The benefit of working through internal governance is that you will know the business rules that apply to your project, the roles of business stakeholders, their restrictions in accessing business information, and specific reporting requirements.
It seems pretty straightforward to just satisfy the market rules as they are stated. However, a close look at business objectives can reveal that the solution may require some extra capabilities to support sustainability of the business in the long term. For example, the organisation may select to extend some operations in the future, so the solution should allow for scalability and future-proofing.
Any required solution will reside within the existing information landscape created by an organisation. Thus the understanding of the current state of technology and its improvements (upgrade/replacement/new technology) must be factored into the discovery of requirements. The business analyst must take into account the operational environment (operating systems and other components) which the future solution will reside in.
The benefit of exploring the technology objectives is that you can identify requirements for future-proofing the capabilities of the solution. For example, the commonplace Windows XP will be out of support from the middle of the next year. The technology objective could be to move towards Windows 7 or 8, so you need to add a requirement specifying compatibility of the solution with either Windows 7 or Windows 8.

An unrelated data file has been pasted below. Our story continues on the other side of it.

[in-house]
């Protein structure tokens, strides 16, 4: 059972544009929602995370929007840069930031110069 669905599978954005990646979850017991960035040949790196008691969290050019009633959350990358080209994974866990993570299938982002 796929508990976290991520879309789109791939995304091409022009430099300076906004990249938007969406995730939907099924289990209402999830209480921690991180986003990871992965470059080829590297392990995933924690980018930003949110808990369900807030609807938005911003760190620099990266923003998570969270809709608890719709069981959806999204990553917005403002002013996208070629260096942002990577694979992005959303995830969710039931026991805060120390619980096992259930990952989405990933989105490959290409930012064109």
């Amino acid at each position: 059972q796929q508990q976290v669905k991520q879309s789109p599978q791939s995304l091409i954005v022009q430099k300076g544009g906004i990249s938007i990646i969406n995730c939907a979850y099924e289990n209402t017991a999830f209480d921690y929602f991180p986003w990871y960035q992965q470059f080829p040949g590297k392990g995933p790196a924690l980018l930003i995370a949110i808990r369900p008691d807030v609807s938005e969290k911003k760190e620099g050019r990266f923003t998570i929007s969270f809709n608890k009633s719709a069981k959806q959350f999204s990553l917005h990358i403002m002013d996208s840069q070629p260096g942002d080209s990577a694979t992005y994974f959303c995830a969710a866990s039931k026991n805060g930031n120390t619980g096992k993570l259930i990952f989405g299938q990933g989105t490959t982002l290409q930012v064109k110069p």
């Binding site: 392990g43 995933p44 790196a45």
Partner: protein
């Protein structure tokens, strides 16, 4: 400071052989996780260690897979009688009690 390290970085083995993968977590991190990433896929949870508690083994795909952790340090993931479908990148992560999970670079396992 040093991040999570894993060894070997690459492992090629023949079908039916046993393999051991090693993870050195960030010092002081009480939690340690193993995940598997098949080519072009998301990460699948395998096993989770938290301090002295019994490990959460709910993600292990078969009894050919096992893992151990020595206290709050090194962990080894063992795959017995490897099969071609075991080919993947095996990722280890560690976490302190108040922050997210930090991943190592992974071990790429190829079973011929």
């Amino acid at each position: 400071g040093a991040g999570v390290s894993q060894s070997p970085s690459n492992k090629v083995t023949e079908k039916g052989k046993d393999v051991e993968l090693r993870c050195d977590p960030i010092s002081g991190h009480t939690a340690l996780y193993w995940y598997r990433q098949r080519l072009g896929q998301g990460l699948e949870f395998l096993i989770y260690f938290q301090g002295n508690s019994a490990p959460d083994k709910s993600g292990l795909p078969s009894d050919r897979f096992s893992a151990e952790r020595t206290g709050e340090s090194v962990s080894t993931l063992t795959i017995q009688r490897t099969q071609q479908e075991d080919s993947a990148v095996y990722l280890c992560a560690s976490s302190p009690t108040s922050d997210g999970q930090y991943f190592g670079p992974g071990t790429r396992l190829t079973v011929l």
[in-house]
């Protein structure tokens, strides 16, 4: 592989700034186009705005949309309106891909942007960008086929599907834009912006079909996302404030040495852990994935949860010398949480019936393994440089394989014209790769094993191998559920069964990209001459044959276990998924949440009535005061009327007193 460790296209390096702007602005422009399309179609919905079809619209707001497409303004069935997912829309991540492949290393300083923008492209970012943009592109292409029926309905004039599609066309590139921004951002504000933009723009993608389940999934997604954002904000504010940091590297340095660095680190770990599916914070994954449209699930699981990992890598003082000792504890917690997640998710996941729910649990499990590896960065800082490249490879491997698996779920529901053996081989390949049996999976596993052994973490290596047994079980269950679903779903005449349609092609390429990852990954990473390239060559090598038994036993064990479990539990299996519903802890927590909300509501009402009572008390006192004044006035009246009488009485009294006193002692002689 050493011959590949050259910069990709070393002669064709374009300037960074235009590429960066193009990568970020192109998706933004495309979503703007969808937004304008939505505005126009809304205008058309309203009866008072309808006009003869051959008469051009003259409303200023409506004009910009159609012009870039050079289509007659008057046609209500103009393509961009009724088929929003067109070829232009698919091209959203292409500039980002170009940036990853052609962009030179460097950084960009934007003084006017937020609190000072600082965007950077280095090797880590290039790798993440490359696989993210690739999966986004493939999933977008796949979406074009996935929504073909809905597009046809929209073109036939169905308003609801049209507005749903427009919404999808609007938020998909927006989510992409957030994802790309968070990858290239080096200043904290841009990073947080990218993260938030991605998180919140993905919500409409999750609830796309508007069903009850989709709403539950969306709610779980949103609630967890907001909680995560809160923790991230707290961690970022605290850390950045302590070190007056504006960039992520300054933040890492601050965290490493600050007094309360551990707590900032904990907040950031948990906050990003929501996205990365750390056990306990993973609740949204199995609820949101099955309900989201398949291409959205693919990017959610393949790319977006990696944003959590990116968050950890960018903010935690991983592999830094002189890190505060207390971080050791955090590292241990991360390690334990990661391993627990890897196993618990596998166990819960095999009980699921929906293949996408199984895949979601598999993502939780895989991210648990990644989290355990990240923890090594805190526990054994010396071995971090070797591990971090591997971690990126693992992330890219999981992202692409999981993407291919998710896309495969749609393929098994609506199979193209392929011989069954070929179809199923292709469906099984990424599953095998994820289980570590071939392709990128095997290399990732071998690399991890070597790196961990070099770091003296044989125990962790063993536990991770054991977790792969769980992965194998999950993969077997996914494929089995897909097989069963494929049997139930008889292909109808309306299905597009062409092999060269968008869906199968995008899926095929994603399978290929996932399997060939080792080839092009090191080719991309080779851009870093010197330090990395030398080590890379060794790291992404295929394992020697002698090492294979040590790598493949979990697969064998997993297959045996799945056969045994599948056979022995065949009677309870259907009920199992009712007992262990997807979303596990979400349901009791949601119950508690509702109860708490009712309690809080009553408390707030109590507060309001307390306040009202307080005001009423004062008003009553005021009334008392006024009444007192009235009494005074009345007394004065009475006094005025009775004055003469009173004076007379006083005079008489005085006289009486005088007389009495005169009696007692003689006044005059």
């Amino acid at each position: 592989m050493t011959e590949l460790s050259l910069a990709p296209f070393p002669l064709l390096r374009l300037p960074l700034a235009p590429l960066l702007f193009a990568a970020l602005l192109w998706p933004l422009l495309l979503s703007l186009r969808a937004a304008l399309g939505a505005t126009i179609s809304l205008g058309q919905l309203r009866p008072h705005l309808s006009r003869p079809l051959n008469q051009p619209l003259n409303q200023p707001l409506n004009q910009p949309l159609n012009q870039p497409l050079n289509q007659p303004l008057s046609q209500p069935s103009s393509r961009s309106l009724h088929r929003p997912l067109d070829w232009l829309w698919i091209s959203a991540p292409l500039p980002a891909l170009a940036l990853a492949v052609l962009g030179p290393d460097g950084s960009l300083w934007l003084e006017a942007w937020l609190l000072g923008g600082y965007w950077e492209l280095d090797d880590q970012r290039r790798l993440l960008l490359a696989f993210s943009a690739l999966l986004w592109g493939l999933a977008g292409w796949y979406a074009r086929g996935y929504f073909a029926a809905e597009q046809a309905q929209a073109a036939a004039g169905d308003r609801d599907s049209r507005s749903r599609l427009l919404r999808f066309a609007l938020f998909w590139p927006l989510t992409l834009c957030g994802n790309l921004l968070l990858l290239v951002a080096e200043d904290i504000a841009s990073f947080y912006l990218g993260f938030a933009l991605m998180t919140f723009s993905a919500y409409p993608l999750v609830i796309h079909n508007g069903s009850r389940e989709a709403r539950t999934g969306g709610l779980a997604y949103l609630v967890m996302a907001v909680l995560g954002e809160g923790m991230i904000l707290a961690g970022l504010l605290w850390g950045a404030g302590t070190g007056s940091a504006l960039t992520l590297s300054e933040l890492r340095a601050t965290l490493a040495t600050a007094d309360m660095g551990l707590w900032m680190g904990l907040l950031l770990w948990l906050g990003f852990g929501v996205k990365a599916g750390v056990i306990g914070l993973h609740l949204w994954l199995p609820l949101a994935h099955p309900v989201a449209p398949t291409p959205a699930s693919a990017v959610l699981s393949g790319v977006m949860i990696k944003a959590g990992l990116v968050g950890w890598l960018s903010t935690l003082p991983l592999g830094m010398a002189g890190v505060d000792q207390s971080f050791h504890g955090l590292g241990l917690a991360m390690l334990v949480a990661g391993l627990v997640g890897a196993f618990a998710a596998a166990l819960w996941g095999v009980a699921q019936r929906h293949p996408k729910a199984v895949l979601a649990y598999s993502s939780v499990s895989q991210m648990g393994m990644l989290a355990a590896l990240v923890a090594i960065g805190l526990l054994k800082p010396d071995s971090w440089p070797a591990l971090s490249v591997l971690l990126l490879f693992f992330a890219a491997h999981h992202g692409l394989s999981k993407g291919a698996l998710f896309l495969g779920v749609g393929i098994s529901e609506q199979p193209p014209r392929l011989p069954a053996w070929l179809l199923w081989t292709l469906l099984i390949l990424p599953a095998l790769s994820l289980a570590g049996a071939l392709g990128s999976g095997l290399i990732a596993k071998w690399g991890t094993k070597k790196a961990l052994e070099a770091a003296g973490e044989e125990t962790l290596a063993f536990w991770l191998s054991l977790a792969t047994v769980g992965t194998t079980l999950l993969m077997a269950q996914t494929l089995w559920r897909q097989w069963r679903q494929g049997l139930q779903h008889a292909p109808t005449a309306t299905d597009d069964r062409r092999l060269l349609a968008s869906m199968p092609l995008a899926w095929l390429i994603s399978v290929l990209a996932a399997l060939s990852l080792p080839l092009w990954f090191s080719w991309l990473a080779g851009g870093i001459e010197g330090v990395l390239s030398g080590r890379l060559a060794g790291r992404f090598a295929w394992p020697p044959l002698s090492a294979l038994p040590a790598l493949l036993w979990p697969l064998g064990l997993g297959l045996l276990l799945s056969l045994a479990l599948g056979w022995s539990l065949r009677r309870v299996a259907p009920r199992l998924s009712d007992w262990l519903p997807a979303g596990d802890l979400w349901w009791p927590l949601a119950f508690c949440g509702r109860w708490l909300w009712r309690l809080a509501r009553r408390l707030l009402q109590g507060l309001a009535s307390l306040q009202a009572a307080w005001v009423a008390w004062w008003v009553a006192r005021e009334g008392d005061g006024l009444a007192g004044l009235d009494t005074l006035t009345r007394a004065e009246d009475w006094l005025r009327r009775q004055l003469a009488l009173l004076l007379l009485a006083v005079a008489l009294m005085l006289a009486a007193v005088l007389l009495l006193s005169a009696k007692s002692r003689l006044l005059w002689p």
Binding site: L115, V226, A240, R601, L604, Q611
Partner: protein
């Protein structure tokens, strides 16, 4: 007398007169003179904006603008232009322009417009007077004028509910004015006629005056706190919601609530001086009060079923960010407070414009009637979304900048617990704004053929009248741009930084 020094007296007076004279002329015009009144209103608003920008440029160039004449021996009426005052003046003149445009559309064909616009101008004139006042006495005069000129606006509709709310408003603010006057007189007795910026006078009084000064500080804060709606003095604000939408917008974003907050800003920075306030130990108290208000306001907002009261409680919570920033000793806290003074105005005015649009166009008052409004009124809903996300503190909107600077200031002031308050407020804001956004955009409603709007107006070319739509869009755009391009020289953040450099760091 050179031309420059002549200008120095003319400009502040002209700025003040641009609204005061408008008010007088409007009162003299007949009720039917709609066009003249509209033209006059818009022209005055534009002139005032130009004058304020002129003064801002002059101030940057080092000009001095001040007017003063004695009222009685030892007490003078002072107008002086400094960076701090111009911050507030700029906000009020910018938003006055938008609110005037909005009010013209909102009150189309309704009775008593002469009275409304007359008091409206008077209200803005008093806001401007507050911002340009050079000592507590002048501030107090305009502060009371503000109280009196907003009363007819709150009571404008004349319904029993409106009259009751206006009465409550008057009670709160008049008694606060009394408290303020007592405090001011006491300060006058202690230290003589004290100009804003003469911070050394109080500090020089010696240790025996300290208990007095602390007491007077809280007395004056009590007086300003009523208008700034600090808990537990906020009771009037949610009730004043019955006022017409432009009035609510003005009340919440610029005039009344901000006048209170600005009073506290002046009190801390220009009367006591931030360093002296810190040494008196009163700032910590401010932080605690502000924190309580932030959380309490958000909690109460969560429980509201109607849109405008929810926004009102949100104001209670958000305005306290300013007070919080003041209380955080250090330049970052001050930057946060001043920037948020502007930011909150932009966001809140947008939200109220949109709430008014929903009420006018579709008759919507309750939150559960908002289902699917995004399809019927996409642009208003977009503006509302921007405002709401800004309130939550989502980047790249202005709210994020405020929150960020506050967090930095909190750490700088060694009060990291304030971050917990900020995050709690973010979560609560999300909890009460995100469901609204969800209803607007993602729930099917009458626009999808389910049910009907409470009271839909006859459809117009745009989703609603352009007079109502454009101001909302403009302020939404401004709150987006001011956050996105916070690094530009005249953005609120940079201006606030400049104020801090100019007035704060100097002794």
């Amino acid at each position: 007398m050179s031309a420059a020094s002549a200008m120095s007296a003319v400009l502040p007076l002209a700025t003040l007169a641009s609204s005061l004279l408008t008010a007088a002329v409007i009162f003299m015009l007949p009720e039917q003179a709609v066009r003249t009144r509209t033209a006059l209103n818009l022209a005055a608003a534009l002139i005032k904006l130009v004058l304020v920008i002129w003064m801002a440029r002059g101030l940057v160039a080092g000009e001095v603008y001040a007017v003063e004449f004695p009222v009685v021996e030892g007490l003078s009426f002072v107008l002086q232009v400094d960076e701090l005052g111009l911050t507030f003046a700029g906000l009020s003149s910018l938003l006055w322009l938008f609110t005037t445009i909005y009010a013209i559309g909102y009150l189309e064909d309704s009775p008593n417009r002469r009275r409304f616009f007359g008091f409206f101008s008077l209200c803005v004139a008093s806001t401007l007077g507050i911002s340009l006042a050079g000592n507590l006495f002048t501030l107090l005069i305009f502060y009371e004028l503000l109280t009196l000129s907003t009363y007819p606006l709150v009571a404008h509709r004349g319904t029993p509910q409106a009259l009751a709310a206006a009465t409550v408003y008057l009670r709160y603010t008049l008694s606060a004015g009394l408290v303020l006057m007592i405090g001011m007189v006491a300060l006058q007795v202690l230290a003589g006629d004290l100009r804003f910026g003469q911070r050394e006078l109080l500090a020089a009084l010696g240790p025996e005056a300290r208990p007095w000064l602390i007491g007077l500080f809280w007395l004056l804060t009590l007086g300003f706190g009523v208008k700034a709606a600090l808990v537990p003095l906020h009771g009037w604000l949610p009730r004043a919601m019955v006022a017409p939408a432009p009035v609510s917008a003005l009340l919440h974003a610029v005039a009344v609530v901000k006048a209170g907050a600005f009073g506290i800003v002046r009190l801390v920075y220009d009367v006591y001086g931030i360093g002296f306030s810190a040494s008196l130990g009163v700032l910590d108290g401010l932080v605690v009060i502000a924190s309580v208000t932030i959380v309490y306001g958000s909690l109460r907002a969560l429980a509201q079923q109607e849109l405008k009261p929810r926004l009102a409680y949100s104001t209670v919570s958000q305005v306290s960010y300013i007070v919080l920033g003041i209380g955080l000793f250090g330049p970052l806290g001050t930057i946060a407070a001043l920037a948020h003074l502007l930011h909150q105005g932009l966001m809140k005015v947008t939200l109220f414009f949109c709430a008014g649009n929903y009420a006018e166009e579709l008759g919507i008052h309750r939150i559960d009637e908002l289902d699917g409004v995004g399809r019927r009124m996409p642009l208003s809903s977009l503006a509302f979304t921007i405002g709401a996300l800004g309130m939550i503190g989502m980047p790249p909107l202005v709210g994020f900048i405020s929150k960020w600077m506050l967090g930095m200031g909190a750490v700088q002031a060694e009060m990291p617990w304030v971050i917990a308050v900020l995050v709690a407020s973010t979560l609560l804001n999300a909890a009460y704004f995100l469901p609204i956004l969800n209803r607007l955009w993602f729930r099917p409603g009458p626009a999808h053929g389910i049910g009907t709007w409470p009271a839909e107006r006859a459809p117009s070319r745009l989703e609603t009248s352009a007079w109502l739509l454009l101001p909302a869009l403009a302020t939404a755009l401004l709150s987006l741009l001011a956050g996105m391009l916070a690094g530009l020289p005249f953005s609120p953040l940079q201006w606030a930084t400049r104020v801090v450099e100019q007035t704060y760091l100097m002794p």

As another example, storing the organisation’s data may require compatibility with Windows Server 2012 because Windows 2008 R2 is considered as the current state in many organisations, and so on.
After considering the layers enumerated above, it is time to talk about the interactions between the organisation and its partners, vendors and competitors. I use the word “interface” in a broad sense here. The organisation interacts with partners and vendors through business processes and technology “connectors” for information exchange. The discovery pattern here is to look for events triggering actions on either side, communication messages flowing between the parties, data available as input or output, data formats and used communication protocols.
Competitors and their actions is one more discovery pattern. Knowledge about the solutions they use and how they run their business can help you identify requirements which would lead to creating a competitive advantage for the organisation you work for.
This is why it’s useful to follow industry news, and watch for trends in applying technology, announcements of new approaches, facts of breaching compliance or setting benchmarks of performance. All of this information is useful when it comes to producing quality requirements.
This article supplements the previously introduced patterns which may help you specify requirements better and in a shorter time. Use these discovery patterns to ensure that you’ve discovered all the requirements needed to deliver good value to the organisation. The discovery patterns we discussed are summarised in the poster below (click to download PDF):